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Sunday, February 25, 2024


Artist Georgiana Houghton, Glory Be to God, 1864  

GUEST BLOG / By Jennifer Higgie--
When Georgiana Houghton first exhibited her paintings at a London gallery in 1871, their wild eddies of color and line were unlike anything the public had seen before — nor would see again until the rise of abstract art decades later. But there was little intentionally abstract about these images: Houghton painted entities she met in the spirit regions. Viewing her works through the prism of friendship, loss, and faith, I have focused overdue attention on an artist neglected by historians, a visionary who believed that death was not the end, merely a new distance to overcome. 

 CLICK HERE for the remainder of Ms. Higgie’s essay “The Substantiality of Spirit,” which appeared in the Public Domain Review earlier this month. 

Ahead of her time

EXHIBITIONS. In 1871, Houghton organized and privately subsidized a public exhibition “Spirit Drawings in Water Colors” of 155 of her watercolors at the New British Library in London. 

In April 2015, Monash University organized the exhibition “Believe not every spirit, but try the spirits” in which 25 of Houghton's watercolors were displayed. 

In June 2016, the Courtauld Institute of Art created a somewhat more comprehensive exhibition dedicated to the artist: “Georgiana Hougton: Spirit Drawings”.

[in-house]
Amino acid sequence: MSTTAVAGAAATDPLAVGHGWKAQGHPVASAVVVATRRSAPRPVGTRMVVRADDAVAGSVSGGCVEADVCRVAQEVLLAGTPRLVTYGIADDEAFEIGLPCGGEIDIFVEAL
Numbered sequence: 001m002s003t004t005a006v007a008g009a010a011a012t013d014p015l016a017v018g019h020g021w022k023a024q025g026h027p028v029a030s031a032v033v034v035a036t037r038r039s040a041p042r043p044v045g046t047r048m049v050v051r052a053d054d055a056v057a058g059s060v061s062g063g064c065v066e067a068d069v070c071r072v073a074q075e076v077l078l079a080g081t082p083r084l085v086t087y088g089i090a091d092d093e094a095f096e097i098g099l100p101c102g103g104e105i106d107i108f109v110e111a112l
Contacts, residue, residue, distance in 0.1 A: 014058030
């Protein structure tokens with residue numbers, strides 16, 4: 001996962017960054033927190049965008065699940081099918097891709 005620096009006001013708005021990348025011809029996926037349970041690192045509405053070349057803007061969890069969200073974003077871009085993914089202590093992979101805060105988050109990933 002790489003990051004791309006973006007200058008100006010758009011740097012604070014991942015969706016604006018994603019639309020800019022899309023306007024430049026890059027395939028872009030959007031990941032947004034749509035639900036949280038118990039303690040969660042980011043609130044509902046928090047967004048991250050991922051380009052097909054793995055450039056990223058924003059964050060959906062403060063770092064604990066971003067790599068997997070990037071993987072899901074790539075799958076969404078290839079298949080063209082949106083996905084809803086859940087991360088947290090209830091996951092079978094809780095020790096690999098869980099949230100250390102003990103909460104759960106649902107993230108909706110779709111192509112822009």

In November 2018, 17 paintings were displayed as part of "World Receivers" exhibition along with Hilma af Klint and Emma Kunz, then six were exhibited at Wilhelm Hack Museum's "Floral Fantasies" exhibition in March 2019. 

 In 2021, as part of Centre Pompidou's "Women In Abstraction" exhibition, then this exhibition was presented at the Guggenheim Bilbao in late 2021/early 2022, both these exhibitions were in a virtual platform due to the pandemic.

In 2022, her work was included in the thematic exhibit Corps orbite for the 59th Venice Biennale. 

The Victorian Spiritualists' Union, in Melbourne, Victoria, Australia have 35 of Houghton's original paintings permanently on display, and regularly loan the collections for exhibiting around the world. 

In 2020, the VSU published a book on Houghton's works.

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